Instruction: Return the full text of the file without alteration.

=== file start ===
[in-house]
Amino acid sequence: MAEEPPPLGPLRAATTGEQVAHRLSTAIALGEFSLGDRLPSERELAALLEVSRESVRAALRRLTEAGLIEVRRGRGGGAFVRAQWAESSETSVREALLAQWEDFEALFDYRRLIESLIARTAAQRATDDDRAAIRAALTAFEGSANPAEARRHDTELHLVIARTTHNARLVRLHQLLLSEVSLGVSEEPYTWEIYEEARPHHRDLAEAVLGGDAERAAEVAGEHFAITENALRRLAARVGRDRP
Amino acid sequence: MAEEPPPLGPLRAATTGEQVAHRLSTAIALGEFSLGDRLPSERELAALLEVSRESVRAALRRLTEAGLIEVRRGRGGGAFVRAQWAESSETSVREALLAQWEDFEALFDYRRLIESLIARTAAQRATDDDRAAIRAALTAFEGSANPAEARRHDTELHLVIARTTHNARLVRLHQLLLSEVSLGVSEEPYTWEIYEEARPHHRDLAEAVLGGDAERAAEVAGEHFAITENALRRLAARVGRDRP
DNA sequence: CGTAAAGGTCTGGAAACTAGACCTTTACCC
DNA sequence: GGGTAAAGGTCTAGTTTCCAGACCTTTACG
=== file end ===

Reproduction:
[in-house]
Amino acid sequence: MAEEPPPLGPLRAATTGEQVAHRLSTAIALGEFSLGDRLPSERELAALLEVSRESVRAALRRLTEAGLIEVRRGRGGGAFVRAQWAESSETSVREALLAQWEDFEALFDYRRLIESLIARTAAQRATDDDRAAIRAALTAFEGSANPAEARRHDTELHLVIARTTHNARLVRLHQLLLSEVSLGVSEEPYTWEIYEEARPHHRDLAEAVLGGDAERAAEVAGEHFAITENALRRLAARVGRDRP
Amino acid sequence: MAEEPPPLGPLRAATTGEQVAHRLSTAIALGEFSLGDRLPSERELAALLEVSRESVRAALRRLTEAGLIEVRRGRGGGAFVRAQWAESSETSVREALLAQWEDFEALFDYRRLIESLIARTAAQRATDDDRAAIRAALTAFEGSANPAEARRHDTELHLVIARTTHNARLVRLHQLLLSEVSLGVSEEPYTWEIYEEARPHHRDLAEAVLGGDAERAAEVAGEHFAITENALRRLAARVGRDRP
DNA sequence: CGTAAAGGTCTGGAAACTAGACCTTTACCC
DNA sequence: GGGTAAAGGTCTAGTTTCCAGACCTTTACG